Highest LEED Rating Goes to Research Center in West Michigan

April 25, 2011 / William Thomson, Green Homes Expert

The US Green Building Council has awarded Van Andel Institute (VAI) in West Michigan the highest LEED rating for New Construction, the second research center in the region to receive platinum certification.

Highest LEED Rating Goes to Research Center in West Michigan

The 240,000-square-foot Phase II research center has been recognized for its leadership in sustainability design and green practices, particularly in improved indoor environmental quality, stewardship of resources and sensitivity to their impacts, CO2 emissions reduction, water efficiency, and energy efficiency.

VAI is among the few such institutes specializing in biomedical research to garner the highest rating from the USGBC.

According to VAI chairman and CEO David Van Andel, the research center has incorporated the requirements for a green infrastructure with several of green initiatives beyond the typical design of a research institute.

Opened on December 2009, the $178 million research center embraces energy efficient components like heat recovery system that reduces the demand for heat and photovoltaic panels that cut the energy demand especially during hot weather condition.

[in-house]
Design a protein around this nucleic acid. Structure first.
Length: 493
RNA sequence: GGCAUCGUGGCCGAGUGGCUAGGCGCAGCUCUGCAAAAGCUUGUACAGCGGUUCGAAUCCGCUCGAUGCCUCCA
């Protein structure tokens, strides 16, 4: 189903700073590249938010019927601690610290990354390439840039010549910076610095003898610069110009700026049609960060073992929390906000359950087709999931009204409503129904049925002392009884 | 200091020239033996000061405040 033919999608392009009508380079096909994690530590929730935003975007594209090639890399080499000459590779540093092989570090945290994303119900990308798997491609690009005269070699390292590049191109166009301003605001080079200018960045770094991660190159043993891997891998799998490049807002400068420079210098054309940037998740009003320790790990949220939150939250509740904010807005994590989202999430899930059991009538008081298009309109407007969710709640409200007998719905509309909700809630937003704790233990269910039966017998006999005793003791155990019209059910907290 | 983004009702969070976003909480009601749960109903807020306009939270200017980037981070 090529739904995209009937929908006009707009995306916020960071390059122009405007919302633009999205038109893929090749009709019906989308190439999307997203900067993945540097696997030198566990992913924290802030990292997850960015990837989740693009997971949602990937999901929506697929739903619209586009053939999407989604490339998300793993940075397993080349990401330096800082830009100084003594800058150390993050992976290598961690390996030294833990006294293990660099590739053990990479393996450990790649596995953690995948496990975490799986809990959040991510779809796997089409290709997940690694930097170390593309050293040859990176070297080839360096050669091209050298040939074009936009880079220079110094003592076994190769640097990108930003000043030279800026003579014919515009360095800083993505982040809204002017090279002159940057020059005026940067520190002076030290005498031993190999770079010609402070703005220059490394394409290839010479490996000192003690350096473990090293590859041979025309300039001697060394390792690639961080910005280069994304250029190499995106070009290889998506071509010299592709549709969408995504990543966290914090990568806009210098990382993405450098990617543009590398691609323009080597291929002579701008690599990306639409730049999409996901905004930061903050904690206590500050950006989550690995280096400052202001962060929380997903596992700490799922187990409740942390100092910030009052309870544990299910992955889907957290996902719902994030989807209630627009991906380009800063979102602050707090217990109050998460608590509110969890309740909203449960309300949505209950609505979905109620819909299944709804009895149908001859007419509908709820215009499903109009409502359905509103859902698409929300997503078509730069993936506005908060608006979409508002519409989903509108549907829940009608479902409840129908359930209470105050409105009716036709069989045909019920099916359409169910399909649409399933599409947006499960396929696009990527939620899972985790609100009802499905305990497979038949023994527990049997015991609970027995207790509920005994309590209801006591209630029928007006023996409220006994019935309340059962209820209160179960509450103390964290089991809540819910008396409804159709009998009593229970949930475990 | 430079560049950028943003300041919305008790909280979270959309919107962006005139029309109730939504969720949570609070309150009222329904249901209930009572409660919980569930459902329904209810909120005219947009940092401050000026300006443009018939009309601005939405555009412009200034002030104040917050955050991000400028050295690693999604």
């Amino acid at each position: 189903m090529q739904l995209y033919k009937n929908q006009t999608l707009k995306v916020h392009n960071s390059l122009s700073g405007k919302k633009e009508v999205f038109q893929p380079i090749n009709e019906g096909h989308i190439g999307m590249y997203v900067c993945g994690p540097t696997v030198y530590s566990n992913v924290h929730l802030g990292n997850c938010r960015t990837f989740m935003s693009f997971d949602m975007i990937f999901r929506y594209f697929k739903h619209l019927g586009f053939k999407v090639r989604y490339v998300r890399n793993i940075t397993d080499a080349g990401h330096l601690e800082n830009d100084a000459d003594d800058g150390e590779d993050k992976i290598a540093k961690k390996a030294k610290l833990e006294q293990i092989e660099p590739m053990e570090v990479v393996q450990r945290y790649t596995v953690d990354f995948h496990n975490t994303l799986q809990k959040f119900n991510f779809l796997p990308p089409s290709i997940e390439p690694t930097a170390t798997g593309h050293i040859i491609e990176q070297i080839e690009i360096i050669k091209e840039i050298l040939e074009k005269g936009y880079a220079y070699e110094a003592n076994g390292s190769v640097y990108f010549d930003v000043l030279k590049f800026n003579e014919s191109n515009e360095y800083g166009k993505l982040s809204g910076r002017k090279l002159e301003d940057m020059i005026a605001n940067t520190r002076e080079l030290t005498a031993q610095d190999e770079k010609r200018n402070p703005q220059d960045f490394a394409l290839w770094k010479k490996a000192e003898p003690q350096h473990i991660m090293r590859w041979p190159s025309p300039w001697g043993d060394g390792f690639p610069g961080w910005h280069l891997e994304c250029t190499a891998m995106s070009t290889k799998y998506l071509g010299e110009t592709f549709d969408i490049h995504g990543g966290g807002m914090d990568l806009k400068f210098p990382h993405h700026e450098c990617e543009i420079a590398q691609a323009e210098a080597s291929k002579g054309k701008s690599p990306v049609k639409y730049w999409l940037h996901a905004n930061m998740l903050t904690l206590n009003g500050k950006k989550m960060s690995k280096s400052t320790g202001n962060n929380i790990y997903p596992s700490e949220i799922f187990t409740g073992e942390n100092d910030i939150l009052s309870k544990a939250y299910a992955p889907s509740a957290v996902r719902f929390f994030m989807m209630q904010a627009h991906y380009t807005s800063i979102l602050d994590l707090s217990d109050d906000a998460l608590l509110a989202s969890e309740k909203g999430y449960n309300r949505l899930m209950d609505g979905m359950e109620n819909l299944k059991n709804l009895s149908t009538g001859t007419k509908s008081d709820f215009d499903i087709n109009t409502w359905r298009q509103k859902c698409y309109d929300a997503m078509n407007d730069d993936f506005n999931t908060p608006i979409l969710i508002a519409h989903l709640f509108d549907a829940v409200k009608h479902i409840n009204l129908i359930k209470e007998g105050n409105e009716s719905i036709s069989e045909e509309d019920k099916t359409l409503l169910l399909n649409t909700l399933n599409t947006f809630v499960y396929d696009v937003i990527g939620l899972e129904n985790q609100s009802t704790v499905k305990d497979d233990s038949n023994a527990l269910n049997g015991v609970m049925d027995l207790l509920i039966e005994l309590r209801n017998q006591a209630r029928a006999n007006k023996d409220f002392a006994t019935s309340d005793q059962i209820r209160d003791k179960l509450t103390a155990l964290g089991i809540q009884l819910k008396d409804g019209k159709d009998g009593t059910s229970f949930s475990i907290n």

To save scrap materials from the landfill, designers made use of the 79% of construction leftovers and wastes mixed with locally-made construction materials in the production process.

Water-saving features of the building include low-flow water fixtures to reduce water consumption by 40.7% and a storage tank capable of containing approximately 27,000-gallon of rainwater, reducing further the demand for potable water.

The eight-story research center also has CO2 sensors all over the facility that measures the amount of carbon dioxide emitted by people inside the building and correspondingly adjusts the ventilation rate.

The research institute was designed by Rafael Vinoly Architects based in New York, the same construction firm that erected the Kimmel Center for the Performing Arts in Philadelphia, the Tokyo International Forum, and the same firm that holds the portfolio for the next World Trade Center.

In addition, Hunt/Owen-Ames-Kimball, Culhane & Fahrenkrug Consulting, LLC, URS, Fishbeck, Thompson, Carr & Huber Inc., Materials Testing Consultants, and CommTech Design took part in the construction.

Since the start of its construction in April 2007, the project provided more than 1,800 jobs to local residents until the research center was completed.

The project contributed to gross investments in West Michigan’s life sciences sector, now reaching more than $1 billion. It is estimated that the building will expand the number of laboratories from 22 to 50 and will raise the number of jobs to 550 once in full operation.

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